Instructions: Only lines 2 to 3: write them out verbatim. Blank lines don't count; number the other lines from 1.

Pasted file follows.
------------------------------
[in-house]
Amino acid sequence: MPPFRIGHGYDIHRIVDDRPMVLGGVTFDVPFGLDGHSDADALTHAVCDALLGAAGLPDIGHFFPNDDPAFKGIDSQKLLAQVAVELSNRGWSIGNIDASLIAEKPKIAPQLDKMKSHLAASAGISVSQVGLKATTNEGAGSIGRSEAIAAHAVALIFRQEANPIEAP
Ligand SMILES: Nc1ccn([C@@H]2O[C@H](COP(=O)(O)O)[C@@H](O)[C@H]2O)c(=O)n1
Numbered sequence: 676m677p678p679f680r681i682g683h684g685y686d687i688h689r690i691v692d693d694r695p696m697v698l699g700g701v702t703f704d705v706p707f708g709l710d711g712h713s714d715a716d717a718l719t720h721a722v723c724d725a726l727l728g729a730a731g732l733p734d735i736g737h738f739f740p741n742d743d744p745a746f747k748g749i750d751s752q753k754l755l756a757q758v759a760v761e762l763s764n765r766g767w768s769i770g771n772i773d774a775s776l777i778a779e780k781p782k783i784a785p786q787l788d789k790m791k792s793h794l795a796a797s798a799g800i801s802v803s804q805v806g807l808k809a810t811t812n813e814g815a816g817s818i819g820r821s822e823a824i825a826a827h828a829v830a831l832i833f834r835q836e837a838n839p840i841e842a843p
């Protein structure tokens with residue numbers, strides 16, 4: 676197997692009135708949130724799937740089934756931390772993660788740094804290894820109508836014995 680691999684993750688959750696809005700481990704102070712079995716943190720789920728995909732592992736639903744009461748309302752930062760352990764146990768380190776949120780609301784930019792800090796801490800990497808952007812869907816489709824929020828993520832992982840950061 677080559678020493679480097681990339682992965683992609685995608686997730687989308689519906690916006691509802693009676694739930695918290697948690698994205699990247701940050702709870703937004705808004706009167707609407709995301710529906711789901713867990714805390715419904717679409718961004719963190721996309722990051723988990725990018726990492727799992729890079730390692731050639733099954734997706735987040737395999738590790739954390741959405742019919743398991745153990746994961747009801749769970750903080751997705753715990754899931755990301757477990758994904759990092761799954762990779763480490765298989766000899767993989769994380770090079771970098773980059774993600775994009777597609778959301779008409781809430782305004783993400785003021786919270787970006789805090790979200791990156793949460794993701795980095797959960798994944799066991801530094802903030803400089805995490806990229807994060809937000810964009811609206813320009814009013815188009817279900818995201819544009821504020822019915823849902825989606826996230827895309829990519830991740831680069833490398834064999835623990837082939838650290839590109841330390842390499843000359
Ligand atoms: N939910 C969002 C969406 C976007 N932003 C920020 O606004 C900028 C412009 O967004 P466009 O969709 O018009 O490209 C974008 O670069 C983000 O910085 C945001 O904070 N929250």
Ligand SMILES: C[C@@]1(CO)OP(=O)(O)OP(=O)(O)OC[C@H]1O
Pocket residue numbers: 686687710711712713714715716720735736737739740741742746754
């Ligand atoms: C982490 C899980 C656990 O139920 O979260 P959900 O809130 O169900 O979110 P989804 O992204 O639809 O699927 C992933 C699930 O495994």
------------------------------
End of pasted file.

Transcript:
Amino acid sequence: MPPFRIGHGYDIHRIVDDRPMVLGGVTFDVPFGLDGHSDADALTHAVCDALLGAAGLPDIGHFFPNDDPAFKGIDSQKLLAQVAVELSNRGWSIGNIDASLIAEKPKIAPQLDKMKSHLAASAGISVSQVGLKATTNEGAGSIGRSEAIAAHAVALIFRQEANPIEAP
Ligand SMILES: Nc1ccn([C@@H]2O[C@H](COP(=O)(O)O)[C@@H](O)[C@H]2O)c(=O)n1